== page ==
But we want to do [Instagram] differently — we don’t want it to be about all the different ways you could take a picture around the Eiffel Tower, we wanted to give people an opportunity to take pictures of places that are different from what others are putting on their feeds. So if you follow By the Way, you should go to places where you might not find, you know, 10,000 other people taking selfies.

Courtesy of The Washington Post // Photo by @peterhersey, card by @keegansanford

The Idea: Can you tell us a bit more about the development process behind the initiative? For example, how you decided on certain approaches?

Finnegan: This is an idea that I started pitching to the Post in March 2018, and the concept developed from there. We really looked at how people are traveling today — especially younger travelers, like millennial travelers — but we think this concept really resonates with all sorts of travelers.

We knew that people are really looking to feel connected to a place and its people and want to feel like they’re immersed in a city or a culture. That’s why we really wanted to tap locals to create guides on their cities, because we think locals are the people who know their hometowns best.

We wanted to feel connected to these people personally, so that’s why we decided to give some details and information about who this person is that’s showing you around their city.

We also really wanted to focus on off-the-beaten-path places in these guides. We think that people know how to find the major sites, like the Louvre or the Washington Monument, and we really wanted to focus on places that locals would bring their friends to, places that they really love.

The Idea: Why travel? What did your team see as the editorial opportunity?

Finnegan: Travel feels like something we all do, and is a connection between us all, so it felt like a good fit for the Post, and also what our readers are looking for.

We really see this as an expansion of our existing travel coverage, but when we started to develop this concept and do some research and some polling with our readers, it was a concept that polled incredibly high with our readers. It polled the highest of any new concept they’ve ever polled readers on before. So it just really felt like a no brainer for us to do.

I think By The Way is really going to fill a hole in the travel space right now. Travel content in a lot of places has gotten really aspirational — we definitely see that on Instagram with influencers and photos of over-water bungalows — and we really wanted to give people something that felt accessible. In these guides, there’s a range of options in every category, as we really wanted to do something that people will actually use.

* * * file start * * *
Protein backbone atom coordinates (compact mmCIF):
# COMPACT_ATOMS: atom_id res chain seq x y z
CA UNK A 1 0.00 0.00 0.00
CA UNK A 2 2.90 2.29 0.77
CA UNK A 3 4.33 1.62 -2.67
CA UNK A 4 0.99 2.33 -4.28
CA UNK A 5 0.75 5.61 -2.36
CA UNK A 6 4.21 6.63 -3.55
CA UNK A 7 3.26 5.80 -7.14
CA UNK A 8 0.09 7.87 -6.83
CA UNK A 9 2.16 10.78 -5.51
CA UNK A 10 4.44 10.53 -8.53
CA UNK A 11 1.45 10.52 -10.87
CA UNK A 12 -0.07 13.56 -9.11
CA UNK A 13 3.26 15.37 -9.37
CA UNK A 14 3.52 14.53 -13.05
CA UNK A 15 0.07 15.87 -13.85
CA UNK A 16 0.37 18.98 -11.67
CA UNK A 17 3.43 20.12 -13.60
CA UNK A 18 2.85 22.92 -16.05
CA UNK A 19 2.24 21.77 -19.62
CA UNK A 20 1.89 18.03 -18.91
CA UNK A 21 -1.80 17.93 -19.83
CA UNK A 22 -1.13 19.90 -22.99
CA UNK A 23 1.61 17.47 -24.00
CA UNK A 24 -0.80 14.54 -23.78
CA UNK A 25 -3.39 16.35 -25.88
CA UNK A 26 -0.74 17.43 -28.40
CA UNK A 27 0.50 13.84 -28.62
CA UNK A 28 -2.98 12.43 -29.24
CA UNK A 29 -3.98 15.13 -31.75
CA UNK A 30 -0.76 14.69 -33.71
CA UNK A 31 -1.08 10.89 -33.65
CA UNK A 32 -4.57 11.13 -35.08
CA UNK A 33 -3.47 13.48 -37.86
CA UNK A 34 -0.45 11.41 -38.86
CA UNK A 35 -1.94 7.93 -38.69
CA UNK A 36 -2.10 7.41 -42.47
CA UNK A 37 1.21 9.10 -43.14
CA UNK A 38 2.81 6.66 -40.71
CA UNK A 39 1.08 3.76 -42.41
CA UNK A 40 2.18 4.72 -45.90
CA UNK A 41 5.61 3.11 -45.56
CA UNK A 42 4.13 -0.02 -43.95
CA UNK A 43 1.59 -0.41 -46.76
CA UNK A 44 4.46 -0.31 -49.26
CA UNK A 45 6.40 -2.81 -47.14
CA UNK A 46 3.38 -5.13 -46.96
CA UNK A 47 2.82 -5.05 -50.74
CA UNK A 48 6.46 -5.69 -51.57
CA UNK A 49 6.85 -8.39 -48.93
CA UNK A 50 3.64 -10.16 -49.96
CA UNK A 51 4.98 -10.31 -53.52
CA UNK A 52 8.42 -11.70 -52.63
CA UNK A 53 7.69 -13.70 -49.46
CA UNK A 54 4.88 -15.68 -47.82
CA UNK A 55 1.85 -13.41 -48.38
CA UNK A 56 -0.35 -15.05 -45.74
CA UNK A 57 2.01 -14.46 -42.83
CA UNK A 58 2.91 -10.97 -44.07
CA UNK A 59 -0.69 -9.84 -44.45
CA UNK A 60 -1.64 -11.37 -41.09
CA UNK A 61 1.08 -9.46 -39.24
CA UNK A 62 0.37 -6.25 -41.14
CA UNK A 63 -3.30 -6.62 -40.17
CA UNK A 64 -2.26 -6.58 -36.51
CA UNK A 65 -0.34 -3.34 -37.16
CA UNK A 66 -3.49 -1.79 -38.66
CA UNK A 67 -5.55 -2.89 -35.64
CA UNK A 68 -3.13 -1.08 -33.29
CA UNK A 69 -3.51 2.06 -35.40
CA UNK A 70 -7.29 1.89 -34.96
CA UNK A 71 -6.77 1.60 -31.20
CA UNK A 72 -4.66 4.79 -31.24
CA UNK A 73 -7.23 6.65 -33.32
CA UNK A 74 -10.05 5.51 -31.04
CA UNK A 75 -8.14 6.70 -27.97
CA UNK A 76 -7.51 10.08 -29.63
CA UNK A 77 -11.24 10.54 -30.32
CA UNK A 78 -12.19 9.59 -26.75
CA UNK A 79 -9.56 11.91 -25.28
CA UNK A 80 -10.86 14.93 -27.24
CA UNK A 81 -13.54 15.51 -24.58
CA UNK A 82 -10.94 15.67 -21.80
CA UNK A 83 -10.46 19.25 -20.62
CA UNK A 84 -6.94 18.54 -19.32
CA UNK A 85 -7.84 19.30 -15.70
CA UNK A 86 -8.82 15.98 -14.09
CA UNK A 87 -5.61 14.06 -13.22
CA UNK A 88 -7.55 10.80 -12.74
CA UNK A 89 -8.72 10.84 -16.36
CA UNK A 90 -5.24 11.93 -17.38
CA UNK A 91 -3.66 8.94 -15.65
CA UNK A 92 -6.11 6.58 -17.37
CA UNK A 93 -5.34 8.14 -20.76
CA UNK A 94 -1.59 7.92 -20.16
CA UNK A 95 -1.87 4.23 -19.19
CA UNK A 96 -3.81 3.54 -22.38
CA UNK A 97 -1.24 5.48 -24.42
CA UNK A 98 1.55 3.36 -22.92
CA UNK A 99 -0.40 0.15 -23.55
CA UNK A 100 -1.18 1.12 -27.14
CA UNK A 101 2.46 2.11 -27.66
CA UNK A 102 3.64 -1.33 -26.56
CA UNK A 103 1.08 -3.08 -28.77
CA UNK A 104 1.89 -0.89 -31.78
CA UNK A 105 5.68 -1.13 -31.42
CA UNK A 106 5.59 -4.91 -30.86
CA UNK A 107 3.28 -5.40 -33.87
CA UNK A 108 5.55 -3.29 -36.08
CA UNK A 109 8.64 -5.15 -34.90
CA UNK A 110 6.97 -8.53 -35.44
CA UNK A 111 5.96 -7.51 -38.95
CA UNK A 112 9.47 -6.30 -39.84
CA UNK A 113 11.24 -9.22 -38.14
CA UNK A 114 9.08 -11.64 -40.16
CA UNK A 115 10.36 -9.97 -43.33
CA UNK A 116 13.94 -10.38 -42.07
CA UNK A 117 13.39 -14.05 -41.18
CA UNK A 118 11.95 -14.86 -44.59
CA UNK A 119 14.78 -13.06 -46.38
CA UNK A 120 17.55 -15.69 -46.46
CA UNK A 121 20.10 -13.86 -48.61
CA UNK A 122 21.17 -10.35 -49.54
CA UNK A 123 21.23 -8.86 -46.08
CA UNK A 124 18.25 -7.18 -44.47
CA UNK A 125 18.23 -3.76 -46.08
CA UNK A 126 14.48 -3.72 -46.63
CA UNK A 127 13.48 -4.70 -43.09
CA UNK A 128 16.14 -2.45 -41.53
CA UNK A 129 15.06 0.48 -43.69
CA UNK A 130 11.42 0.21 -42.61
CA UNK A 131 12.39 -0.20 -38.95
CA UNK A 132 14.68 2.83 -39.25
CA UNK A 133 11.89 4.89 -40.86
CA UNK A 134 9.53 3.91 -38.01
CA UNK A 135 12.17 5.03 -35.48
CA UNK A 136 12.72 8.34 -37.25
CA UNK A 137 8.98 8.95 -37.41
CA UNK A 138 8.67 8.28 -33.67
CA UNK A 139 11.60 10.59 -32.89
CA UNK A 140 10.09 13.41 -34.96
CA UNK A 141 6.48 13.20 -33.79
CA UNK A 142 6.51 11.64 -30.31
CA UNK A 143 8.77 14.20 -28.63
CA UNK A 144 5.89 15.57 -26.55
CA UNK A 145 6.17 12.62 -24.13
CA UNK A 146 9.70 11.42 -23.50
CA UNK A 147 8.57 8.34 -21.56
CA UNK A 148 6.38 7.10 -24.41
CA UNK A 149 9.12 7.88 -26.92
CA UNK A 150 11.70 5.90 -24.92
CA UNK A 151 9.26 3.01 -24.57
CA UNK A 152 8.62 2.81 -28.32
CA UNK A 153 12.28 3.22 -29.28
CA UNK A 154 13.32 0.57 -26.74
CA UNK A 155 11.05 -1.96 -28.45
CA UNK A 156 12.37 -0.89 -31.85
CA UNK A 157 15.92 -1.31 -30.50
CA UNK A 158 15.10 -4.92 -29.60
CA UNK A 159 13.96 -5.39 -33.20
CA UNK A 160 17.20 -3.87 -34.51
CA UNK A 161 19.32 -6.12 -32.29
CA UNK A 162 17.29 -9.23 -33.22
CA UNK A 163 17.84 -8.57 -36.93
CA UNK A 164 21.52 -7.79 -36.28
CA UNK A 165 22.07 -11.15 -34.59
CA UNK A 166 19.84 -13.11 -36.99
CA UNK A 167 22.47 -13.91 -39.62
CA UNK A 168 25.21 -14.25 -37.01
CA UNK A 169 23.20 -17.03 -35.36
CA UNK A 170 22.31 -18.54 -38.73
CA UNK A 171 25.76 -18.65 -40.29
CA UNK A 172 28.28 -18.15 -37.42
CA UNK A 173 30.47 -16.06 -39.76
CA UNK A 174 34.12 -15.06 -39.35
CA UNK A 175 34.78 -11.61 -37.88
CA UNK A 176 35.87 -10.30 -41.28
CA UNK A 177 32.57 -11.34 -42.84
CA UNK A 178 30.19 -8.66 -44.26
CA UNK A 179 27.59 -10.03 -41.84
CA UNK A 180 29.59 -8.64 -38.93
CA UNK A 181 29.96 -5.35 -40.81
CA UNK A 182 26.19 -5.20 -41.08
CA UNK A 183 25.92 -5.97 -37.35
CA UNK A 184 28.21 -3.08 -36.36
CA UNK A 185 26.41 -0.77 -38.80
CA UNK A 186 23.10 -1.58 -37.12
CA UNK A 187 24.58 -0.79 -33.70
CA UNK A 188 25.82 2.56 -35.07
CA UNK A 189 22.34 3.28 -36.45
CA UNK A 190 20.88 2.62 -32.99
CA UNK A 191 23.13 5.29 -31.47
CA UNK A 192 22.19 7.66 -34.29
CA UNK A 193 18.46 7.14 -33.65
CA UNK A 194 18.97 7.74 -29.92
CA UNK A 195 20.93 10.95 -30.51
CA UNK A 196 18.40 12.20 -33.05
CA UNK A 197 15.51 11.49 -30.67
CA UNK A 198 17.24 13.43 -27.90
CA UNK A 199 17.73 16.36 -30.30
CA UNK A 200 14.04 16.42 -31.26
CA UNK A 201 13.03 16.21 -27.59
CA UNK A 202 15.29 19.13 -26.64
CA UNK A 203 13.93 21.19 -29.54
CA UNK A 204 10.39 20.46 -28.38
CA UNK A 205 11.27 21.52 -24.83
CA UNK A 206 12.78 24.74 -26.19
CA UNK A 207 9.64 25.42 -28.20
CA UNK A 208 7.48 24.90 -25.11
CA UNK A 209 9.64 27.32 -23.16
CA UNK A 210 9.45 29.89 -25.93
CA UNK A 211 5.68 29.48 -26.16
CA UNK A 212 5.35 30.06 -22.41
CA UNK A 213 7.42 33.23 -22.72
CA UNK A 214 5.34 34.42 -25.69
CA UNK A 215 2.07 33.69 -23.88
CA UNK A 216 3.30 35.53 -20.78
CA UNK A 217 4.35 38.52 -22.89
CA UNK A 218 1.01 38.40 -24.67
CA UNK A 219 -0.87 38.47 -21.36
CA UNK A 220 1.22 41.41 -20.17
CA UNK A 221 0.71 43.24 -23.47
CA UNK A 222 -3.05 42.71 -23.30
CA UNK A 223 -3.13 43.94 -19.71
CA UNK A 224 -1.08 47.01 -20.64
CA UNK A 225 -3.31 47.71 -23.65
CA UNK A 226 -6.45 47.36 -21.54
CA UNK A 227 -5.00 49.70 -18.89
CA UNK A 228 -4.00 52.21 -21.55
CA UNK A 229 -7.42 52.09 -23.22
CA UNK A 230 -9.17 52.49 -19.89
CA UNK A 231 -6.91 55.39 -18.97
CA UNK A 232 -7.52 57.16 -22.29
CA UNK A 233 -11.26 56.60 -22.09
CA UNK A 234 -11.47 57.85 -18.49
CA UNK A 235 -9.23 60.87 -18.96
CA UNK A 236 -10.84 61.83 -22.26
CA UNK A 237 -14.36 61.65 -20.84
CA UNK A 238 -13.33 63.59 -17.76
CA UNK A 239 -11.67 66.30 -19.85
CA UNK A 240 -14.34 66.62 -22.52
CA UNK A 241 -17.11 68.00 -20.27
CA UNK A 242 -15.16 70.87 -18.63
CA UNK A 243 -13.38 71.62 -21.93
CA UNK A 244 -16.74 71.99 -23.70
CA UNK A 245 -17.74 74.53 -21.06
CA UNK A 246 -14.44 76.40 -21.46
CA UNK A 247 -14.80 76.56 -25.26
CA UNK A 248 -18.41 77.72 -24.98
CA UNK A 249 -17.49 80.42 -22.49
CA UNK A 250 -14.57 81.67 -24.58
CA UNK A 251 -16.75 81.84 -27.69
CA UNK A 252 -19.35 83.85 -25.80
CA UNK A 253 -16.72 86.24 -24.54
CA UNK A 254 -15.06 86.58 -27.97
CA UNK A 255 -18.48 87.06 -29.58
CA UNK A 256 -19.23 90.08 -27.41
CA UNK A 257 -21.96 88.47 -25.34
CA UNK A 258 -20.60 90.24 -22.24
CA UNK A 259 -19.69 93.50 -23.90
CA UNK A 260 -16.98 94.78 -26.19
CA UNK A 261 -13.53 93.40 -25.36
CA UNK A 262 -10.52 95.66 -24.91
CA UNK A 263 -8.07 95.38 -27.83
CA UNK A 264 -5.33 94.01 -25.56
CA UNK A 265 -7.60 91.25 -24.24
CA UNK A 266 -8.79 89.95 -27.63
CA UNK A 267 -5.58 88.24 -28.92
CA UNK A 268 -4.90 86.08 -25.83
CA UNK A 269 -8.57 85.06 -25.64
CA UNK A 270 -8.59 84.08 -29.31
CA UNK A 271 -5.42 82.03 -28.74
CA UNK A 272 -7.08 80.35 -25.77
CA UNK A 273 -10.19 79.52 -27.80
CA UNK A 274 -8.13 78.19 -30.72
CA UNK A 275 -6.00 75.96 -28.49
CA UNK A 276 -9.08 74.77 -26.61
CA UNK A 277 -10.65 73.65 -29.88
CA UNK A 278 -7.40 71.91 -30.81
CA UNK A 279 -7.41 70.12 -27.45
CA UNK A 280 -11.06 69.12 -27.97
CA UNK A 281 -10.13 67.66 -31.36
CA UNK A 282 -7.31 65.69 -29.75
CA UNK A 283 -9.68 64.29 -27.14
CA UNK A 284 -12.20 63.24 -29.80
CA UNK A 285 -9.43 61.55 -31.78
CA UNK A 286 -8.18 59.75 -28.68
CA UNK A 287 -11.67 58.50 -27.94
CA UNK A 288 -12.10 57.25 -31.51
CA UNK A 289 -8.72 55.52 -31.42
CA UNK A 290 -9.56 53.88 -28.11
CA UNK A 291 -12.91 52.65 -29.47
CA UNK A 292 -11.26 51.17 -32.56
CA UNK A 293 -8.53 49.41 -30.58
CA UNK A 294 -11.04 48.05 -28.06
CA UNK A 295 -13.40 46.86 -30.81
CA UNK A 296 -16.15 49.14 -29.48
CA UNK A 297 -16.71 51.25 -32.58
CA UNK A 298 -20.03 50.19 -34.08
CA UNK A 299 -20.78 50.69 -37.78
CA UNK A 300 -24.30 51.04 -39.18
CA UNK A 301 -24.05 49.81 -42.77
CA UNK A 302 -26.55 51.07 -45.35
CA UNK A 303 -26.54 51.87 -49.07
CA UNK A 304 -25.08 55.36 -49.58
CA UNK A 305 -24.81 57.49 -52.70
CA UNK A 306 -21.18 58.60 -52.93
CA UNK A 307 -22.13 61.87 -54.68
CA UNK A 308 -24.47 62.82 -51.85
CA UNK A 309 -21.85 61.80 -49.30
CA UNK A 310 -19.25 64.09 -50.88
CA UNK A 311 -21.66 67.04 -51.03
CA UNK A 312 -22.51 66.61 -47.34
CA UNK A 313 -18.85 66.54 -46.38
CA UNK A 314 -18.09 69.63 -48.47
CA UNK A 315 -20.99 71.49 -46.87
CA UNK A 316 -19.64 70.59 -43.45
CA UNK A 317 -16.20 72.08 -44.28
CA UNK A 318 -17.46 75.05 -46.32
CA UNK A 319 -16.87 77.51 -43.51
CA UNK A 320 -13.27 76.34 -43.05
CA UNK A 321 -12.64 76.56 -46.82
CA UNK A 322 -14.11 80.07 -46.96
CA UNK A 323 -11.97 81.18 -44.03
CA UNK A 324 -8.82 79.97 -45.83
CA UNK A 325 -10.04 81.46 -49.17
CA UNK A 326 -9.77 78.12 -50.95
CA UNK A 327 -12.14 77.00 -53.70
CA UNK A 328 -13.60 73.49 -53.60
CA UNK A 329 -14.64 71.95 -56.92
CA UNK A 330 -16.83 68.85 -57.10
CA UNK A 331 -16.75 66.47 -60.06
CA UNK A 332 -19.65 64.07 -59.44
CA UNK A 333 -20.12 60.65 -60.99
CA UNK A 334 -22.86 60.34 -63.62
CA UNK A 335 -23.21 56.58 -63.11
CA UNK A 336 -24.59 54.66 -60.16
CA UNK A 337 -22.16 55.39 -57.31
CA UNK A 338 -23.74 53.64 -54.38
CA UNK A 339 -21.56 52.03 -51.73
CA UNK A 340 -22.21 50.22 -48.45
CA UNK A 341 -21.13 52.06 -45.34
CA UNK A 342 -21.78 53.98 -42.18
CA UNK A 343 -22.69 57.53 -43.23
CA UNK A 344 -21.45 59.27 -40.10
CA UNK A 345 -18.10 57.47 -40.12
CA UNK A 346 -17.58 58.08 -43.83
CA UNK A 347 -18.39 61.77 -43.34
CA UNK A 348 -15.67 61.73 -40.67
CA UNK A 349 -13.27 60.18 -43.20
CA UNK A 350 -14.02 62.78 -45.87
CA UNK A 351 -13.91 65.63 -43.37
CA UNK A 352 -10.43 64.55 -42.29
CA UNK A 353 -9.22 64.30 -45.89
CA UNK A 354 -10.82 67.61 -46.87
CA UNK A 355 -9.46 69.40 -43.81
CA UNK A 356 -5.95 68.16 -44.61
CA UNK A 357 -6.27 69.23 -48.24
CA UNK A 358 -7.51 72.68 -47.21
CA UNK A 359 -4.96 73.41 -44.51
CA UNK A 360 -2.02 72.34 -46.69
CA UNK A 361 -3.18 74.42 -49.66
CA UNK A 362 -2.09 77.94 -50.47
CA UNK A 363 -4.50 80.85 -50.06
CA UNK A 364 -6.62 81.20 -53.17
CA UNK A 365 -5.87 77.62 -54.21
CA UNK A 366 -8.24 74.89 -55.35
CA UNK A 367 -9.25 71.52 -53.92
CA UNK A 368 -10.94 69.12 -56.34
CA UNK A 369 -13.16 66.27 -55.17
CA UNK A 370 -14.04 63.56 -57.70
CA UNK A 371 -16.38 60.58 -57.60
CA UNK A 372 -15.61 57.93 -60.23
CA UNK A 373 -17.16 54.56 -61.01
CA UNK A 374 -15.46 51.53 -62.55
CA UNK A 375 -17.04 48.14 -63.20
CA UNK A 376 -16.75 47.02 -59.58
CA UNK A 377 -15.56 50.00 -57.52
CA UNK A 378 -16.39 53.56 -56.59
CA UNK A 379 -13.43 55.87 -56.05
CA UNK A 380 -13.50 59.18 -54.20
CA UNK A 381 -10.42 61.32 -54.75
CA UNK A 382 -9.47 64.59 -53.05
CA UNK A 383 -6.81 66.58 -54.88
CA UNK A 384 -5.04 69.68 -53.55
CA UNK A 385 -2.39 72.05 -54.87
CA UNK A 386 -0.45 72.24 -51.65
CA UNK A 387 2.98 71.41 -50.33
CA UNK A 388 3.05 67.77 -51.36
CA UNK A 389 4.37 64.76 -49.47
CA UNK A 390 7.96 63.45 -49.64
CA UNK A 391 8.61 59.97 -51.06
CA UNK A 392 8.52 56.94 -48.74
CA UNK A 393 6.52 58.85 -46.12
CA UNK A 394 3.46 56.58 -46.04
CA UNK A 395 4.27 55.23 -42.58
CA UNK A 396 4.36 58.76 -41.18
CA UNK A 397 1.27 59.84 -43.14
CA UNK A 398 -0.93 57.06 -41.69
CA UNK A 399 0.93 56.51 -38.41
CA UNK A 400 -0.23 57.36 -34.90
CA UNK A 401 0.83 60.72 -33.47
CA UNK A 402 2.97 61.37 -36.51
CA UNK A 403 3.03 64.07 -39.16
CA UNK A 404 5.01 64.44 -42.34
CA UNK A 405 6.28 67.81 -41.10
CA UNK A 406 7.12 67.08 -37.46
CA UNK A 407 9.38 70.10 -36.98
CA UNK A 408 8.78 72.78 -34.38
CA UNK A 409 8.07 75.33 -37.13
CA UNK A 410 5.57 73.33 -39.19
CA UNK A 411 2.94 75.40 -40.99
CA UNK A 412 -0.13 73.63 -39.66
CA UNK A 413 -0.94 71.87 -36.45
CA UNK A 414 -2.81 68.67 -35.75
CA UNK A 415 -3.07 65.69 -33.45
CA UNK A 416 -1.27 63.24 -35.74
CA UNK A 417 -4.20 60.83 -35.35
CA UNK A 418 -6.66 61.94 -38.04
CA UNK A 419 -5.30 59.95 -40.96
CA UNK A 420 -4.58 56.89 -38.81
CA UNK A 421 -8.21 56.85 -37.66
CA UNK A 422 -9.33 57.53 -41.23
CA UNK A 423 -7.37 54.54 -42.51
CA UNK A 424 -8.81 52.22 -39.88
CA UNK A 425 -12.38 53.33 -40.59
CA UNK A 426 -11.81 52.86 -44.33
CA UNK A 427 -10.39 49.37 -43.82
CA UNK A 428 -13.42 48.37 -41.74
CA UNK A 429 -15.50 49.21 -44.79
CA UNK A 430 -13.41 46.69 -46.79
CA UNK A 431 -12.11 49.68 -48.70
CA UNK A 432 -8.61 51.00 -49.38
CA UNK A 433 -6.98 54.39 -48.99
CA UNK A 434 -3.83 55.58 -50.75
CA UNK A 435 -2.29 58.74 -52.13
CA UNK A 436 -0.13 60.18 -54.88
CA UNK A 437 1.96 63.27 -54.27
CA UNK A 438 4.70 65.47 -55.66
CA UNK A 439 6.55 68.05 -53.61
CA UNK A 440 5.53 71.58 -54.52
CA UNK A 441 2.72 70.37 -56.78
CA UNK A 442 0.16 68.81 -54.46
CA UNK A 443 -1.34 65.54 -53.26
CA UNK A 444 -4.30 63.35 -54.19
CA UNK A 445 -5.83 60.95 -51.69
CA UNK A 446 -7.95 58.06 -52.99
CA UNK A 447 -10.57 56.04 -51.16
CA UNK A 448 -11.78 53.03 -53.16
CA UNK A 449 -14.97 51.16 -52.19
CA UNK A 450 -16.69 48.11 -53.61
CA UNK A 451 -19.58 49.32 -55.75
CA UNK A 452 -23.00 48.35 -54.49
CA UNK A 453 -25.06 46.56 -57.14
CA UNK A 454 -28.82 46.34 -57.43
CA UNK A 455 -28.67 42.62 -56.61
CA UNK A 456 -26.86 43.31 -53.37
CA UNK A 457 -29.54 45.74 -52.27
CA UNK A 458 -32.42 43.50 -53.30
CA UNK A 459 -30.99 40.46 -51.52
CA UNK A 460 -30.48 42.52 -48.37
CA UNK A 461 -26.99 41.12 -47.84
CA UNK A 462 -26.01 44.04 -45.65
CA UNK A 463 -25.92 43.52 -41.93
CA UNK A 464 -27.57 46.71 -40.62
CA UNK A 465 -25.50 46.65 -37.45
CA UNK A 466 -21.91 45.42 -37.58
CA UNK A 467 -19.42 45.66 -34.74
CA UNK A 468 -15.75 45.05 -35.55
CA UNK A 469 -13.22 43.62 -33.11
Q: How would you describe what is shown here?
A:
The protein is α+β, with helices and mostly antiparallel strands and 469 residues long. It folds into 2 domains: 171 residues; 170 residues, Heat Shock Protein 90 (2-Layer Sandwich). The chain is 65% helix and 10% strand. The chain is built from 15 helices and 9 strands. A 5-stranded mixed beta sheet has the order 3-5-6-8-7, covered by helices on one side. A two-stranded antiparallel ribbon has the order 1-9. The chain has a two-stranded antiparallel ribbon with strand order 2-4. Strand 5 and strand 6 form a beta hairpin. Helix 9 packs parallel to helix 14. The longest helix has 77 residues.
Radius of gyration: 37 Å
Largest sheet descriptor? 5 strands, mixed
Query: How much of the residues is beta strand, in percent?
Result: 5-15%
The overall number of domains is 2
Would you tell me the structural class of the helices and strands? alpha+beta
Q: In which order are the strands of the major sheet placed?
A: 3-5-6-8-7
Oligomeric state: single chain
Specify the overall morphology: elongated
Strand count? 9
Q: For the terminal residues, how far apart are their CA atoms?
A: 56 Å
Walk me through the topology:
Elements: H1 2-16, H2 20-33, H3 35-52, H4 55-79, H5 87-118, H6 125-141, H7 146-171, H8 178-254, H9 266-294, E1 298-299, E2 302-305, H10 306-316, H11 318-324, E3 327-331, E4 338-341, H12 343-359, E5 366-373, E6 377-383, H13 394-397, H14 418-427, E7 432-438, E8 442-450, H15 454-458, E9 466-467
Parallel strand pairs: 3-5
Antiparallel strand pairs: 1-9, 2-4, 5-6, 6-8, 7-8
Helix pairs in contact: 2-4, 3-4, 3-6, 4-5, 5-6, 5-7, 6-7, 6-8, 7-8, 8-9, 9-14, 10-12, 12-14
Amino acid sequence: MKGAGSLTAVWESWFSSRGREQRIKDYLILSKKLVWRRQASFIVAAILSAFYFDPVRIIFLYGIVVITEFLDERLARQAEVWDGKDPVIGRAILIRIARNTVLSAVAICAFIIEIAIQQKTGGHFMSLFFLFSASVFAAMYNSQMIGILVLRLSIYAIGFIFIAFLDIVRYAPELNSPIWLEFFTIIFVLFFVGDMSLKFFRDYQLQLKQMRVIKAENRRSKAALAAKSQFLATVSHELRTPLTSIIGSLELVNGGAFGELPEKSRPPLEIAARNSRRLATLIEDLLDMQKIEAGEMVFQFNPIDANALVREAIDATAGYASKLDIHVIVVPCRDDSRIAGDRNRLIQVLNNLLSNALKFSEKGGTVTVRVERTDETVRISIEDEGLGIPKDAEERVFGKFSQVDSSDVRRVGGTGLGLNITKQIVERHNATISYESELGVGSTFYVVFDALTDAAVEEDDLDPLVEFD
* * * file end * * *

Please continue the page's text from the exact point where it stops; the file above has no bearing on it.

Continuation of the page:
The Idea: Did it ever concern your team that readers would only view the Post as covering politics and Washington, rather than more lifestyle-type coverage?

Garcia-Ruiz: Yeah of course, that’s why broadening our offerings is so important. We did a really smart expansion of our food section last year, with Voraciously. A year before that we did The Lily, which is a platform aimed at millennial women, so yes it’s very important that we continue to let people see us, for everything we do, not just our great coverage of Washington.

The Idea: What’s the most interesting thing in media you’ve seen from an organization other than your own?

Finnegan: This is a general trend in media. People are looking for advice in their life and are really looking for news they can use and apply in their life, more than just reading stories. I think that we are seeing this trend in a lot of news organizations, people really want to know how the news affects them personally and want tangible things. I think that we’ve seen that with the steps that we’ve done, the Times with their new parenting product, and you know at Vox with explainers. I feel like people are wanting to know what’s going on that’s actually impacting them and what they can do with that, and I feel like they’re turning to the media more than ever to do that.

Garcia-Ruiz: Well it isn’t really from another news organization, but for someone who has been completely wrong about virtual reality for the last half dozen years, the arrival of the Oculus Quest is really exciting. This might be the device that actually gets a little bit more mainstream attention, and allows us to put our stories on it in a way that will overcome some of the obstacles of the previous virtual reality devices. But that’s what I’m most excited about. It’s no wires, you’re not tethered to a giant computer anymore, it’s really different.

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Mollie Leavitt

Written by

find me tweeting @mollie_leavitt | Strategy Research Analyst, Atlantic Media

The Idea

The Idea

A weekly newsletter on the business of media from @AtlanticMedia, home of @TheAtlantic, @NationalJournal and @GovExec. Subscribe here: https://mailchi.mp/atlanticmedia/theidea